Submitted: 06-27-2011 by Patrick D
I was 60 when I bought my polyethylene Tsunami 160 in 2007. My local dealer just happened to be main importers of the Wilderness range at that time. I must confess to buying without testing or much consideration of other makes. Testing would have been pointless since I had no kayaking experience. That lovely seat and the air of competence of the design were enough to tempt.
Since then I have been out (mostly solo) about 200 times and paddled in it some 800 miles! In that time, I have only capsized by design and never by accident.
I use this kayak as a means of transport to visit friends and cross the Milford Haven Estuary to a waterside pub 2 miles distant (but 15miles by road). There are more challenging destinations such as our nearest town - it's fun shopping by water. For such esturine trips, the 160 is almost perfect with its 15ft WLL and well able to stem with ease our frequent 3Kn tidal flow making use of back-eddies near the shore. The effortless glide and tracking stability are bewitching. The hull sits low in the water, there is very little exposed for gusty winds to grab. A nylon spraydeck is important in our usually choppy waters.
Though the kayak weathercocks a little, turning it fully up-wind in F4 or F5 can be a grunt (above that, I tend to stay at home). This reluctance is ameliorated by some knee brace tilting which the design reliably allows. Generally, I am astonished at how seaworthy the kayak is in ugly looking chop and breakers occurring when wind opposes the tide.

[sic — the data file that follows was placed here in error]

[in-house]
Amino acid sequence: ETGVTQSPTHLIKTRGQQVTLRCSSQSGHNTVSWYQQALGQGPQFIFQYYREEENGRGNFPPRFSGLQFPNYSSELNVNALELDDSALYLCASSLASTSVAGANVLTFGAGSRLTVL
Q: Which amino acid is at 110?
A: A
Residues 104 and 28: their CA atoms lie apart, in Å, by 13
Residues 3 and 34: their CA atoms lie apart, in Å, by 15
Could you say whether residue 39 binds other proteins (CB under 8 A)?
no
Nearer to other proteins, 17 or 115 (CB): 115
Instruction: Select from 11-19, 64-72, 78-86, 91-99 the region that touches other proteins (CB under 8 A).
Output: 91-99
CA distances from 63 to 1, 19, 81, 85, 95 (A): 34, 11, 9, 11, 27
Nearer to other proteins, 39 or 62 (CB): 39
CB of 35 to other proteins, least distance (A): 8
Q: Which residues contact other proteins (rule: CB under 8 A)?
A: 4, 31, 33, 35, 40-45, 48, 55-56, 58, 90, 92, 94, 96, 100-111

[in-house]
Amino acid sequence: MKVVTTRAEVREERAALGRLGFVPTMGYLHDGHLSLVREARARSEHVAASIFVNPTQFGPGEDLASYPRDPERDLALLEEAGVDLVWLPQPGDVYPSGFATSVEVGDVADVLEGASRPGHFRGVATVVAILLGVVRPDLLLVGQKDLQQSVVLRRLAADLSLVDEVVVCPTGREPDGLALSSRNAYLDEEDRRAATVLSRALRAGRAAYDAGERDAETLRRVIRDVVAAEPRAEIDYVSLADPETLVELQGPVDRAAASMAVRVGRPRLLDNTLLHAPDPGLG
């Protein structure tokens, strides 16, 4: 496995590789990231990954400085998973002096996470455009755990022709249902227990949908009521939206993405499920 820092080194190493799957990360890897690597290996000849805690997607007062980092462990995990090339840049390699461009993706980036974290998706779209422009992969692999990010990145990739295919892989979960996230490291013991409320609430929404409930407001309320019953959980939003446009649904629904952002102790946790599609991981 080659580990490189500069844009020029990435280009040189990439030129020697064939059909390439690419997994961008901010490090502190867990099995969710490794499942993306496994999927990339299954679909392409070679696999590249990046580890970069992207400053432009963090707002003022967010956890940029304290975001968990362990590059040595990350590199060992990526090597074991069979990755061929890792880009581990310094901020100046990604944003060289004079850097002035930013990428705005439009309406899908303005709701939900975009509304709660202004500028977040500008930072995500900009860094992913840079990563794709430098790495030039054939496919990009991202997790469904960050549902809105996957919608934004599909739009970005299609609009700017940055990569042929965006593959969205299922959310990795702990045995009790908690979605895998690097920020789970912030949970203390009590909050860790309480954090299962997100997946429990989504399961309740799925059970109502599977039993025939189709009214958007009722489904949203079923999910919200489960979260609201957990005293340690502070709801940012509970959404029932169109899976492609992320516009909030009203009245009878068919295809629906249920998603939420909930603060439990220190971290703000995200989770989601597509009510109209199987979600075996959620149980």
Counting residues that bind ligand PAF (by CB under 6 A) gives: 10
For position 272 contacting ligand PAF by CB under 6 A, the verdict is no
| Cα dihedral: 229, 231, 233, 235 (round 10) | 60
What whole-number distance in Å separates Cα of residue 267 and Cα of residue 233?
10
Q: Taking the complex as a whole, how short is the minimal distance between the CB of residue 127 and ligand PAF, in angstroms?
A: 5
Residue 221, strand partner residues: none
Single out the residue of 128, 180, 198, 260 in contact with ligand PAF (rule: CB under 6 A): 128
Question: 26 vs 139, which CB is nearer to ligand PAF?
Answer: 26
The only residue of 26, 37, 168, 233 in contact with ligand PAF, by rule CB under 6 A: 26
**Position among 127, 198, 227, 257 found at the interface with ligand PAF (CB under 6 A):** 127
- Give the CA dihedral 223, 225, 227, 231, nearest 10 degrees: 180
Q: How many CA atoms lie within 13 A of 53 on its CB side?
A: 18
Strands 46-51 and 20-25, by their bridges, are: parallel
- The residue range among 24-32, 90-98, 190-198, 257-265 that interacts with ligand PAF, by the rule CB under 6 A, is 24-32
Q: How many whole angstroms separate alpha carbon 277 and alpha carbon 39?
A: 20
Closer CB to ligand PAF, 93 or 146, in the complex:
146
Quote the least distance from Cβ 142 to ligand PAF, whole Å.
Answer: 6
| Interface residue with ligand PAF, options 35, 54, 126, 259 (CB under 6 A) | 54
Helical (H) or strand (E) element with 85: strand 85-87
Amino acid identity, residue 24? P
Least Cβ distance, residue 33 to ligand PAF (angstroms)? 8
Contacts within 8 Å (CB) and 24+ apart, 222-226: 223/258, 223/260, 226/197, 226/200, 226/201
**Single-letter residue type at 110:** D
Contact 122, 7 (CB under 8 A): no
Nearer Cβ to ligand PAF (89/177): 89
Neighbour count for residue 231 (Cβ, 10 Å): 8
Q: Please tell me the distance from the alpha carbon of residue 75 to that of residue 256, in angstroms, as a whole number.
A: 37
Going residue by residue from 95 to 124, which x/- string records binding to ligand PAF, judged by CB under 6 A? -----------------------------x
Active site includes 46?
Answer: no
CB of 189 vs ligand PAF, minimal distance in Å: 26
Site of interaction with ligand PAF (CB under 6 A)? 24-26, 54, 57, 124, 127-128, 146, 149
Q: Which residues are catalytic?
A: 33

The rudder is of great assistance when going downwind; I sometimes use a golf umbrella as a sail in this direction.
In the open sea with waves of greater length the feeling of security is reduced as there is too much buoyancy at each end and insufficient sheer. What is needed here is a British design of kayak.
But, Hey, I live on an estuary where waves of this kind are only formed by the wake of heavy power boats passing. These waves can be managed and even thrilling to surf a bit.
I should mention that the little cleat which secures the backrest set height turned from S/S to a white powder after 3 years use. I was obliged to cut it off and fit a home-made alternative since Wilderness are not interested in the supply of spare parts. I fully expect the kayak to last its allotted 15 years before sunlight makes it brittle (with some care). Being linear single skin PE, it can then be recycled.
I think the name "Tsunami" is a bit silly for a kayak very adept at an estuary type scenario. I am 150lb and 5ft 9in. Large folk should look elsewhere for a kayak. Not at all bad for a US concept.